MOSCOW (AP) — Deep in the woods on the outskirts of Moscow, a sudden burst of gunfire sends a flock of birds screeching into the sky. A dozen people dressed in military fatigues scale a crumbling, abandoned high-rise with Kalashnikovs strapped to their backs.
This is a “war camp” organized by the ultra-nationalist Eurasian Youth Union, known as ESM, the youth wing of the broader Eurasian movement. Such camps, which are on the rise in Russia, imitate a broader Kremlin policy of “patriotic education” that has seen a marked increase in government funding in recent years.
The ESM camps serve as breeding grounds for the volunteers who fought alongside Russia-backed separatists in eastern Ukraine and are now producing a new generation of trained fighters.
“We are in a state when NATO moves closer to our borders and today’s youth needs to be trained in order to prevent those attacks,” says ESM leader Anton Bryusov.
The nationalists see the West as their key enemy, but some are dissatisfied with President Vladimir Putin’s handling of the war in Ukraine and believe he has not gone nearly far enough.
“War with Ukraine is inevitable, but so far we have done only half of the task,” says Alexander Dugin, the leader of the Eurasian movement. “We have united with Crimea, we have provided help to Novorossiya, but we didn’t liberate Novorossiya.”
Nationalists had believed in what was known as the Novorossiya project, which aimed to carve out a swathe of traditionally Russian-speaking eastern Ukraine and reunite it with Russia. Instead, the conflict has created two breakaway pro-Russian regions in Donetsk and Lugansk, but they formally remain part of Ukraine.
Still, despite their dissatisfaction over Ukraine, the bulk of nationalists remain supportive of the current regime, said Andrei Kolesnikov, an expert on Russian domestic politics at the Carnegie Moscow Center.
“Mostly, the nationalists who are more or less rational are pro-Putin. Those who are really radical are against Putin because he hasn’t finished the story in Donbass,” he said. Plus, he added, “if they ended up going too far and presented a real threat to the regime, their activity would be stopped.”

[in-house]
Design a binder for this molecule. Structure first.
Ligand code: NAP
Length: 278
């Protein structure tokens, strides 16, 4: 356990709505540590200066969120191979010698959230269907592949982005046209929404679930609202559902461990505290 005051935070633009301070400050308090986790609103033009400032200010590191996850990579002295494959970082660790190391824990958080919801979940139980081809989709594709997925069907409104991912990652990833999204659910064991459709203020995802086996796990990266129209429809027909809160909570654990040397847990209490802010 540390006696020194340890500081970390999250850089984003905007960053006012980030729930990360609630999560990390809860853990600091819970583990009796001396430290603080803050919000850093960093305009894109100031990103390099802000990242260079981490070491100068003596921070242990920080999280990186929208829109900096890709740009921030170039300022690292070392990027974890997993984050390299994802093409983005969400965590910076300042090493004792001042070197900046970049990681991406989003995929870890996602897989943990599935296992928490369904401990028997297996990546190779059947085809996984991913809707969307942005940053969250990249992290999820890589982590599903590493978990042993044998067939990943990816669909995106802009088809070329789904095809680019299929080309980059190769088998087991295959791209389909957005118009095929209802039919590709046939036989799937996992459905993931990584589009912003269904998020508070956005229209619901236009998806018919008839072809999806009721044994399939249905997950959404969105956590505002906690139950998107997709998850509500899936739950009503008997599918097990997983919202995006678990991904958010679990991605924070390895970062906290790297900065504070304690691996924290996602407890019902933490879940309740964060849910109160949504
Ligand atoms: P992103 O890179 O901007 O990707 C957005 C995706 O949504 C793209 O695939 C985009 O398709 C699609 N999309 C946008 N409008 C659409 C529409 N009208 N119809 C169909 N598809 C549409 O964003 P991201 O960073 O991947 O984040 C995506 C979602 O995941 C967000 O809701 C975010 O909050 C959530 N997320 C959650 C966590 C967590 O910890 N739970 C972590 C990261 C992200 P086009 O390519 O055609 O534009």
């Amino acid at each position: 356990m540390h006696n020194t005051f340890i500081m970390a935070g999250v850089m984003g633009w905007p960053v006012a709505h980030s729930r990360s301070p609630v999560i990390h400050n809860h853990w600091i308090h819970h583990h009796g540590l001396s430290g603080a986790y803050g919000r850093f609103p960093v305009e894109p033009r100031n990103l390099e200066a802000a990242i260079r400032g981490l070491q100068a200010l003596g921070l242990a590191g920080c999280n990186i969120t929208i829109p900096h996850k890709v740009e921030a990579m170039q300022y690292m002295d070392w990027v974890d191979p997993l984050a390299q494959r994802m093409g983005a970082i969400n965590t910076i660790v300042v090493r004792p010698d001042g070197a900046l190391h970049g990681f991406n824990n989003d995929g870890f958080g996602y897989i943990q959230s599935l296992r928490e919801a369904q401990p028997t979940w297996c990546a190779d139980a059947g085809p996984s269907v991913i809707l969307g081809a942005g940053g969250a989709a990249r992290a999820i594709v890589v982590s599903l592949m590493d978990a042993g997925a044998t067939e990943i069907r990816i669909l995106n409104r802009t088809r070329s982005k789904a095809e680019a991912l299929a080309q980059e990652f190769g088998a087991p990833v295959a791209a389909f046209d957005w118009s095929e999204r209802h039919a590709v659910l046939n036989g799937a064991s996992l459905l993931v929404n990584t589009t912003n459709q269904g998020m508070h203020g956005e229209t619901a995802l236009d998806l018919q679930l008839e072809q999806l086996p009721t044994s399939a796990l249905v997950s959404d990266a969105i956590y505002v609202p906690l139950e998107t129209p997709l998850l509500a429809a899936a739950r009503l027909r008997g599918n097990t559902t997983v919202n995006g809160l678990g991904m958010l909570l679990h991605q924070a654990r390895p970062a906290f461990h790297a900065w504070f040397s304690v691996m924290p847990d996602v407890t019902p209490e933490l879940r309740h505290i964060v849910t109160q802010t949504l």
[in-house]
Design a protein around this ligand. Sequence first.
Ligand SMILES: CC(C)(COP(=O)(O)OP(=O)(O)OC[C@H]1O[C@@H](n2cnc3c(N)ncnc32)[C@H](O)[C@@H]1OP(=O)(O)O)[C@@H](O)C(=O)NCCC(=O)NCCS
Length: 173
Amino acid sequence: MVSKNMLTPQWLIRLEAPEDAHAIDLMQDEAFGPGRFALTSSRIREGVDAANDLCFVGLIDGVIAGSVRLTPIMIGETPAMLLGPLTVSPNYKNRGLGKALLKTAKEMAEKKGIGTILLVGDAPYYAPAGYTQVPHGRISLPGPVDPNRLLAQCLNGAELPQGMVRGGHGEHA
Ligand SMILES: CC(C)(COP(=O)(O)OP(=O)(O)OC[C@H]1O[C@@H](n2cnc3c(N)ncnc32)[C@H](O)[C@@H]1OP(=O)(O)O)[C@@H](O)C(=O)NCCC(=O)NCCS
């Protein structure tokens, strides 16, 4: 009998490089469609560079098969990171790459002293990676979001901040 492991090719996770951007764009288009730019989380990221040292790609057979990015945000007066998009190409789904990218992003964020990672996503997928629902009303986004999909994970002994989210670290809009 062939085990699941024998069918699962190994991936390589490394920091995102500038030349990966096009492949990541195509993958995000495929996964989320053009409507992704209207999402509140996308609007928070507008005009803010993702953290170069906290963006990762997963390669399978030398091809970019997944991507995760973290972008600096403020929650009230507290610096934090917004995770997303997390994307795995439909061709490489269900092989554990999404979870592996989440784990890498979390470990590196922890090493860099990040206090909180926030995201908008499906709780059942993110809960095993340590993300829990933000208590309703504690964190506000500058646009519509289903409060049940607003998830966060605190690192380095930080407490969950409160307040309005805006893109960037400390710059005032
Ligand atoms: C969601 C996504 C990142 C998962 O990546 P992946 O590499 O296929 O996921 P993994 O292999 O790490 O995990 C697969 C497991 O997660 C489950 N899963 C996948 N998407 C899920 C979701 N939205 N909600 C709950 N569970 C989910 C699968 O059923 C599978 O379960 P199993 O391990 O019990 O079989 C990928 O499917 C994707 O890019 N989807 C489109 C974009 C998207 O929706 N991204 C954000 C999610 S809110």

Dugin, a far-right political ideologue with close ties to the Kremlin, chalks up Putin’s handling of the situation in Ukraine to the political realities of Western pressure and economic sanctions.
“I am irritated by the slowness of Putin’s reform,” Dugin said, speaking in his TV studio a stone’s throw from Red Square. “When we are hesitating, we are losing; when we are making decisive steps we are winning.”
Dugin denies he is in the Kremlin’s pocket, insisting they regard ESM as “a dangerous force that they cannot be lead or rule because we follow a strict line of our ideology.” But research carried out by the Russia-based Center of Economic and Political Reforms shows that between 2013 and 2015, the ESM received presidential grants totaling more than 18.5 million rubles (nearly $300,000).
Carrying out his own training in the woods, not far from the location of the ESM “war camp”, Sergei Andreev, the 25-year-old founder of a small, far-right youth group called Right Anarchist, is polishing his Kalashnikov. Unlike most of his peers, he does not support Putin’s presidency.
“Putin is like all other leaders in the modern world: He just wants to hoard money and resources so that his family lives well,” Andreev said. Behind him, the Right Anarchist flag — a skull and crossbones — flutters above a crackling camp fire. “There is no great idea behind him. He uses it to cover up his political manipulations.”
The numbers of far-right supporters like him who openly position themselves against Putin is small, and it’s unlikely this discontent poses much of a threat to the Kremlin.